Full Bloom

I'm sure that you're just about as sick of garden posts are you are puke posts - but what can I say - that's what the last few weeks have been - puking inside, garden outside.  Hurray for you though, this time, I pick garden. 

I can't say just what it is that I find so captivating about our little garden this spring.  Out of curiosity I looked back over the last few years of photo archives and as I suspected - not a one.  So why this year?  Is the garden better?  Perhaps.  It's certainly fuller - lusher.  Could also be that the last few years of my life are a blur, so I didn't actually ever really notice the garden aesthetically before.  But I think it's something more - if you'll forgive my blatant sentimentality, I think I associate the garden with my children.

Flowers as children - it's not to big of a stretch.  They both start out as something so incomprehensibly small, protected and sheltered in the dark until they're brave enough to peak into the world.  At first sight they're so delicate, so tender, yet amazingly resilient.  You care and you coddle, you imagine what it will be like when they're grown.  Each day a little bigger.  Each day a little stronger.  Growing, stretching, blooming until one day you're taken completely by surprise by the beautiful blooms before you.

Our front garden peaks this time of year.  Each bush seems to compete with another vying for attention.  The Iris's and lilacs are first, quickly followed by the Roses.  Days later the Peony and Spider Warts unfurl their first blossoms.  At times the colors seems so vibrant and so intense it seems unnatural.  I'm always struck by the first bloom on the rose bushes and the fuchsia peonies in front of the yellow roses (currently Emma's favorite nail polish combo btw.)  The thing about our front garden is that I know within weeks 80% of this color will go, leaving us with a deep green bed for the remaining days of summer.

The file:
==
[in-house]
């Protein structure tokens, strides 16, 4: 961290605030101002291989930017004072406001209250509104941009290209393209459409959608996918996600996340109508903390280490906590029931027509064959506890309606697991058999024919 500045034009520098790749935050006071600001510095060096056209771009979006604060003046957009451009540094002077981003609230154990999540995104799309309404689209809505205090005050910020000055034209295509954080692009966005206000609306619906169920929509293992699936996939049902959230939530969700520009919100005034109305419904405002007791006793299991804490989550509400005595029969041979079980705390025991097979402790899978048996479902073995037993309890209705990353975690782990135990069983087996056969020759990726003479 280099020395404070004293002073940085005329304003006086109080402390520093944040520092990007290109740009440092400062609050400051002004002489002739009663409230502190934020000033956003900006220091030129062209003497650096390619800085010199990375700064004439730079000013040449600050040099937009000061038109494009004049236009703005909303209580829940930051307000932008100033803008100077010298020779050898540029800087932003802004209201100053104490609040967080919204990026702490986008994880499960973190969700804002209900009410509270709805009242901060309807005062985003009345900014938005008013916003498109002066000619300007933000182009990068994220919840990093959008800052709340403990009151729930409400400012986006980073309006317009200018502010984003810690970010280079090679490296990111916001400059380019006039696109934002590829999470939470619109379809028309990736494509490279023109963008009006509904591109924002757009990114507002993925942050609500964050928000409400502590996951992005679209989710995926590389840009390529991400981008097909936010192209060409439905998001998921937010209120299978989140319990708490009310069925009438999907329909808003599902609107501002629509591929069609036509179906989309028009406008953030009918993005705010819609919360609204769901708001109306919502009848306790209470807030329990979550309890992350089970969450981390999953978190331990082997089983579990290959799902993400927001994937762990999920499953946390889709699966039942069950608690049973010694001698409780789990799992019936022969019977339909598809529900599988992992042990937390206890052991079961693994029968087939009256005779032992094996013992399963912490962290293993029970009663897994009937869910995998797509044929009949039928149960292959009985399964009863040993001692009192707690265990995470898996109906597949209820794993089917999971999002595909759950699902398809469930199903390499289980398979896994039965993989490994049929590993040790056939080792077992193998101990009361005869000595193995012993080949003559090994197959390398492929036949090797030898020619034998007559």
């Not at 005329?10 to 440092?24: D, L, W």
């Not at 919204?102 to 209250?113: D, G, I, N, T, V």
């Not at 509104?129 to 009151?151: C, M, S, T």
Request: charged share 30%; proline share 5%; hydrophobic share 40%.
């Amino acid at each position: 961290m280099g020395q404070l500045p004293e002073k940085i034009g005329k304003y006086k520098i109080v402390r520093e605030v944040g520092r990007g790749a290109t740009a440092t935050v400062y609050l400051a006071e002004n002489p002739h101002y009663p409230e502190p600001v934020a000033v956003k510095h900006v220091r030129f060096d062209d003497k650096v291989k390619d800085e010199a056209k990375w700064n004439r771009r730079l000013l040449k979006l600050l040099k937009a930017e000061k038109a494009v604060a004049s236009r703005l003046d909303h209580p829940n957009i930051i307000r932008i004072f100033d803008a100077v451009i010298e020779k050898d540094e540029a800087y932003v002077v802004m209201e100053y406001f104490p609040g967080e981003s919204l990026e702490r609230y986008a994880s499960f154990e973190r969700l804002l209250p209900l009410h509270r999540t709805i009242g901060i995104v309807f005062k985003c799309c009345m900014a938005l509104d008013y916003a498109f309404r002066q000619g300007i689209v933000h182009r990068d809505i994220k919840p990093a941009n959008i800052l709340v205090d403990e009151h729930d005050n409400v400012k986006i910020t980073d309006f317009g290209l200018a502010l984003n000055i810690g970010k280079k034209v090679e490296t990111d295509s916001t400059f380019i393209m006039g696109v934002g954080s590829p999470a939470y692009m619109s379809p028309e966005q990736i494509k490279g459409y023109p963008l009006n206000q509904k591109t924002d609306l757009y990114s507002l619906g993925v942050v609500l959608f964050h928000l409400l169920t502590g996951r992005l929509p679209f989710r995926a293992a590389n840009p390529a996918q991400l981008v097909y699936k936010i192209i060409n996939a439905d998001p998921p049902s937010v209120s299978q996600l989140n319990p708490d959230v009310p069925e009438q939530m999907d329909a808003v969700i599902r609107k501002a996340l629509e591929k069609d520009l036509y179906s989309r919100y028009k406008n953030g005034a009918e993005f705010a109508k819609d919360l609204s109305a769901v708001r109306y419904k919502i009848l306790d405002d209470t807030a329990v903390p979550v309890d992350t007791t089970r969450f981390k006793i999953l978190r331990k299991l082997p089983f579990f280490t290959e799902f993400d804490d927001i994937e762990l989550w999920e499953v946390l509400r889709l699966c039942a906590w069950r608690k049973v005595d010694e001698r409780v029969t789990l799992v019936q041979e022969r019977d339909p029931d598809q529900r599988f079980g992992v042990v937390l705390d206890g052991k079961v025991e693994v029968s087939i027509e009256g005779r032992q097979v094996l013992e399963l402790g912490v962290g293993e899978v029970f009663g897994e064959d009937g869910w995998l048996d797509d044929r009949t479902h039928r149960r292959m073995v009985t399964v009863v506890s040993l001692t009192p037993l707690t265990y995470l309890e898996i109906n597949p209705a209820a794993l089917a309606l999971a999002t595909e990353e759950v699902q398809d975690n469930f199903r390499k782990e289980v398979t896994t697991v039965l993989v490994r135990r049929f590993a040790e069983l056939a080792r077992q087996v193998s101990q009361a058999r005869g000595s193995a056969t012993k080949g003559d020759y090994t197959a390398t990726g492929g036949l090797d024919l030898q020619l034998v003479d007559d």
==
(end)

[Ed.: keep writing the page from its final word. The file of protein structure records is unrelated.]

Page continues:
I feel more aware this time though parenting of the amazing passage of time.  Of that interesting anomaly that a day can be so long but that a month is so short.  After we brought the girls home from the hospital I think Tony and I both knew we'd have more children - and with that knowledge came a sense of security.  There was a peace in knowing that if we miss it this time - we can catch it again the next time around.  I know that it's never the same twice, but there you have it - my thought pattern.  The opposite is true now. The greenhouse is closed.  I know there will be no more babies and knowing that makes me hyper sensitive to the fact that each experience through mothering them is a last as much as it is a first.  I just don't want to miss a single bloom.  I want to plant the sounds of their voice, the touch of their hands, and the twinkle of their eyes in my heart and care for them in that safe place.

I knew that it was going to rain later this week and with that rain would come the end of the Iris's.  The powerhouse rosebushes would be missing a great deal of that dynamic first bloom... so not wanting to miss a moment, I ran outside this morning and snapped up the memories that I could.  And then turned around and got this pretty awesome memory too.
PS - More Jack pics tomorrow  but far less unabashed PMS style emotional writing.  Stay tuned!

1 comment:

  1. Gosh! the garden looks amazing! I can't believe how big those bushes are!! I remember when Jack - I mean those bushes - were just little babies....